MAKES 30 PREPARATION 1hr COOKING 3hr 5MIN SKILL LEVEL EASY
At Nour we stuff ours with slow-braised camel wrapped with flaky Yemenite pastry. For home cooks, we recommend using good-quality puff pastry and using goat or lamb instead of camel. We serve it with a charred sweet bullhorn pepper salsa and labneh.
1.5 kg camel rib or shank, on the bone, sawed into chunks (see Note)
75 ml vegetable oil
¼red onion, finely diced
2 garlic cloves, crushed
½ tsp baharat (Lebanese seven spice) or ras el hanout
½ tsp ground cumin
½ tsp salt
25 g pitted green olives, roughly chopped
10 g toasted pine nuts
6 sheets good-quality puff pastry
plain flour, for dusting
2 eggs, lightly whisked
25 g white sesame seeds
25 g black sesame seeds
1 kg bullhorn pepper or sweet red peppers
olive oil, for tossing
30 ml lime juice (about 2 limes)
30 g native desert limes or baby capers, drainedof brine
100 ml extra virgin olive oil
1 tsp salt
5 g mint leaves, chopped
5 g coriander leaves, chopped
5 g dill leaves, chopped
1 kg yoghurt
7 g salt
Cooling time: 30 minutes
Chilling time: 12 hours (for the labneh)
For the labneh, mix the yoghurt and salt together in a bowl. Line a strainer with 3-4 layers of muslin (or a clean Chux). Transfer the yoghurt mixture to the strainer, place over a bowl to catch the whey, and refrigerate for at least 12 hours. Use the labneh in the strainer (and discard the whey or use in other recipes).
For the filling, heat 50 ml of the oil in a large heavy-based saucepan over high heat. When hot, brown the meat in small batches.
Return all of the meat to the pan, cover with cold water, bring to a simmer over high heat, cover with a lid, reduce the heat to medium-low and simmer for 2.5-3 hours or until the meat is very tender and falls off the bone (cooking time will vary depending on the size of the cuts and the type of meat).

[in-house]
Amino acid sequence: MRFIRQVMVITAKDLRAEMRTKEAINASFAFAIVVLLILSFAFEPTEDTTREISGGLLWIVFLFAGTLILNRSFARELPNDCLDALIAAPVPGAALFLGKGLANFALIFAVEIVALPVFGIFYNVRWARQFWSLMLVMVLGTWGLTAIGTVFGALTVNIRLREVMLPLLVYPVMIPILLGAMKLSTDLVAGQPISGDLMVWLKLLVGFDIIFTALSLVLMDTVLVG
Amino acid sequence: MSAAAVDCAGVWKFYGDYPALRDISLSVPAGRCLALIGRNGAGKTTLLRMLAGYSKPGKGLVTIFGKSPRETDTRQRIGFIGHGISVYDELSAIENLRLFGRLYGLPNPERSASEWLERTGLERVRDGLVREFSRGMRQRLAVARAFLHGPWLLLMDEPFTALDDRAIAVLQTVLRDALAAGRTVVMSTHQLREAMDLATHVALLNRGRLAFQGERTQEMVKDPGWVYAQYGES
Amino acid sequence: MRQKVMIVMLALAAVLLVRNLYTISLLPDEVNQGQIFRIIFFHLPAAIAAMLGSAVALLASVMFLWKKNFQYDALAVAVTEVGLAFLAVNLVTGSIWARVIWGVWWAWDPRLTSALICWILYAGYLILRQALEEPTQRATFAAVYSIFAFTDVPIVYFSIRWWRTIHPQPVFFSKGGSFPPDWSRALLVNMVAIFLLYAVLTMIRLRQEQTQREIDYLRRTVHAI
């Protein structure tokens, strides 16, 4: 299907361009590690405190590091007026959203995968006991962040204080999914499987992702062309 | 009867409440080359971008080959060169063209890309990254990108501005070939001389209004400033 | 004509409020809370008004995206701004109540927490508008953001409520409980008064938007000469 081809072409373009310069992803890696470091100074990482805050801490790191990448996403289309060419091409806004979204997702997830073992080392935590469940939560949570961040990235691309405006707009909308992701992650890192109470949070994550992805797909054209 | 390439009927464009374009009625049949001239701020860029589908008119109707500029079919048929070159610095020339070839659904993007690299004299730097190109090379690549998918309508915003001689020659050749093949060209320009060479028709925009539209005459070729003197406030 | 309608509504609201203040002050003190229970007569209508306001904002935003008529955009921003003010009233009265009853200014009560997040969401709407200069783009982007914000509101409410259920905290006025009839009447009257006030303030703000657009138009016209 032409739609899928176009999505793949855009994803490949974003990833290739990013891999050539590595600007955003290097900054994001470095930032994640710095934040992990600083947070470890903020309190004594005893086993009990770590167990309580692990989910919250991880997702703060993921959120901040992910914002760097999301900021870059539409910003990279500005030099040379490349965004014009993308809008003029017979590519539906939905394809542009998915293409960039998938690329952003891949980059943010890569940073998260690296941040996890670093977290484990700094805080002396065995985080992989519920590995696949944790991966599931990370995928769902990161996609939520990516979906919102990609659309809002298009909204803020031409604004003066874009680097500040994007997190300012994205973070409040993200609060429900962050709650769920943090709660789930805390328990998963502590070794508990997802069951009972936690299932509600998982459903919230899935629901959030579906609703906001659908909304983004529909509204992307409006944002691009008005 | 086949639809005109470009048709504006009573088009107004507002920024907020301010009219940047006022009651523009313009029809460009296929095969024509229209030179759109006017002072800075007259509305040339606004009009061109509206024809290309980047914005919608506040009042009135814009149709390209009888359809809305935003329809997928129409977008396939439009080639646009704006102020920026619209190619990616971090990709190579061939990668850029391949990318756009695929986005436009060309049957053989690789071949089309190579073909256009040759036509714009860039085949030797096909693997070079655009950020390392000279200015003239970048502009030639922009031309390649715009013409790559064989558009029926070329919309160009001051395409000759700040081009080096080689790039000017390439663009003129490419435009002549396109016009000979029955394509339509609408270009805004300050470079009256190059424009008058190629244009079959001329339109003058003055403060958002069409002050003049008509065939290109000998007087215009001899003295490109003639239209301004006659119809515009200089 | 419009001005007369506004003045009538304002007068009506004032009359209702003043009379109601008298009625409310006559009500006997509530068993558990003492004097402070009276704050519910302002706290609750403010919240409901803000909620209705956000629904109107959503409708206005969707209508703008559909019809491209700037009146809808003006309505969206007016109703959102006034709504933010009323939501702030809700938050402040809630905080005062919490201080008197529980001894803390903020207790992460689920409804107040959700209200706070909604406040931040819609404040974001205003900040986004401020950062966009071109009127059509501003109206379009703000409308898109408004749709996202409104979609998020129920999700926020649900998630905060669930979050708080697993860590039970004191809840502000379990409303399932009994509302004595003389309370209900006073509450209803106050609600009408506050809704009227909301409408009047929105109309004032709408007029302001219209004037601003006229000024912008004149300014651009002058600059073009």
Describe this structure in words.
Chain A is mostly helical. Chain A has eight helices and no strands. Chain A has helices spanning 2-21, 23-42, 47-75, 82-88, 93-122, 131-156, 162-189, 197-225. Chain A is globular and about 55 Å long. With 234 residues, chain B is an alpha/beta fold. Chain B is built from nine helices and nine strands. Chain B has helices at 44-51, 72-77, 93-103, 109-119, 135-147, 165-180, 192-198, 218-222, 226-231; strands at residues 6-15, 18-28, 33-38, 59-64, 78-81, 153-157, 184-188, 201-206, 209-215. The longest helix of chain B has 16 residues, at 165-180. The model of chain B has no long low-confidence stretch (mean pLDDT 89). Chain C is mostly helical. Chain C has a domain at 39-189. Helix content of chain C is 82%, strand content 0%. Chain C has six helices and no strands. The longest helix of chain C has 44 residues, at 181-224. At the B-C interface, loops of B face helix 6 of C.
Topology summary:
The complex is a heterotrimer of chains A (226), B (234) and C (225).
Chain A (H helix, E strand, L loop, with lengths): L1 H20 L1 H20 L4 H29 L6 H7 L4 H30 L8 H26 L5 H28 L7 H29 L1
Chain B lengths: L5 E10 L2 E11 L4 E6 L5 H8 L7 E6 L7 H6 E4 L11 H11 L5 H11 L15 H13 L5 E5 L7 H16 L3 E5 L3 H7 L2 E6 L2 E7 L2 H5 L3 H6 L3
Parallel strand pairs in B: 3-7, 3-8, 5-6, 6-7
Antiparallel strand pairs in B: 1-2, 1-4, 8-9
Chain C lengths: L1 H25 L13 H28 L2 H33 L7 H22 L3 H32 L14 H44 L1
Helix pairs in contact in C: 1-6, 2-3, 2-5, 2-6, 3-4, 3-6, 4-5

When the meat is ready, drain and, when cool enough to handle, shred the meat from the bone. Set aside.
Wipe out the saucepan and heat up the remaining oil over medium-high heat, add the onion and sauté for a few minutes or until the onion starts to soften. Add the garlic and spices and stir for 30 seconds. Add the meat and salt and cook for 3 minutes to allow the flavors to combine. Remove from the heat, and stir through the olives and pine nuts. Spread over a large tray to cool down completely before you use.
For the bullhorn salsa, preheat the oven to 220ºC and line 2 large oven trays.
Toss the peppers in olive oil and roast for 35 minutes or until softened. Place the peppers in a bowl, cover with plastic wrap and allow to steam, which will make peeling them easier. When the peppers are cool enough to handle, carefully peel off the skin and remove the seeds - do not wash the peppers, or you will lose the roasted flavour. Dice the flesh and combine in a bowl with the remaining salsa ingredients. Set aside for 30 minutes to allow the flavours to infuse.
Reduce the oven to 185ºC (170ºC fan-forced) and line 2 large oven trays with baking paper.
Roll the pastry out to about 2 mm thick (31 cm square so you will get at least 4 rounds from each sheet) on a lightly dusted workbench. Use a 15 cm diameter cutter to cut our circles from the pastry.
Lightly brush half of each circle with the beaten eggwash (to seal later).
Place 45 g of the filling in the centre of each circle and fold over to make a half-moon shape, pressing down around the filling and along the edges to make its sealed tightly and that there is no air inside. Lightly brush the tops with egg and sprinkle generously with the sesame seeds.
Place on the trays and bake for 25 minutes or until the pastry is golden brown and puffed.
Serve the sambusak hot with the salsa and labneh on the side.